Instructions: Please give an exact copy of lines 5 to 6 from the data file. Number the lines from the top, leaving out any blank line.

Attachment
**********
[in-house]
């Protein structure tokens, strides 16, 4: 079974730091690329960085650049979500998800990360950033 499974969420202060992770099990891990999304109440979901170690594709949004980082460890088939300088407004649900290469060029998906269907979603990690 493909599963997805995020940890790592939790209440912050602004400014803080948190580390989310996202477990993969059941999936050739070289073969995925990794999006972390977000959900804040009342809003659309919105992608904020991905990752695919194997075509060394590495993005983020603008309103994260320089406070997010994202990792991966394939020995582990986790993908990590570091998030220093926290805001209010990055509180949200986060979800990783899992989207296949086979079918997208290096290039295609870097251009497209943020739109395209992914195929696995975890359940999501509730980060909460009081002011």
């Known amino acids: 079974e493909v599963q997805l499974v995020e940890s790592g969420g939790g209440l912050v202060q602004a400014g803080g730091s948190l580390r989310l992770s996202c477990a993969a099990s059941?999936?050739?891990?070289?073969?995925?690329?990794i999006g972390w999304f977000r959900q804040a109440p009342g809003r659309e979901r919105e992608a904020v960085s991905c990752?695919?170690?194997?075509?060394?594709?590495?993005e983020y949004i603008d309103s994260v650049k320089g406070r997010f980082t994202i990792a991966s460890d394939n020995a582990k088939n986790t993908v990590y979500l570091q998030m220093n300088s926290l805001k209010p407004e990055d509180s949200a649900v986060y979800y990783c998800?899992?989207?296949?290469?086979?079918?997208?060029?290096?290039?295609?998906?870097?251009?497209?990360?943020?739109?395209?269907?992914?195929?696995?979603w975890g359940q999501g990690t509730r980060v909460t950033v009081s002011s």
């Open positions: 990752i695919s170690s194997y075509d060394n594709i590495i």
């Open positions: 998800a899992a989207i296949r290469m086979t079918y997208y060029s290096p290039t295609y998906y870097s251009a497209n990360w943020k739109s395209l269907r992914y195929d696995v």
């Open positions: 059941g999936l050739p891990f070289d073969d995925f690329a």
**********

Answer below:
């Open positions: 998800a899992a989207i296949r290469m086979t079918y997208y060029s290096p290039t295609y998906y870097s251009a497209n990360w943020k739109s395209l269907r992914y195929d696995v």
């Open positions: 059941g999936l050739p891990f070289d073969d995925f690329a």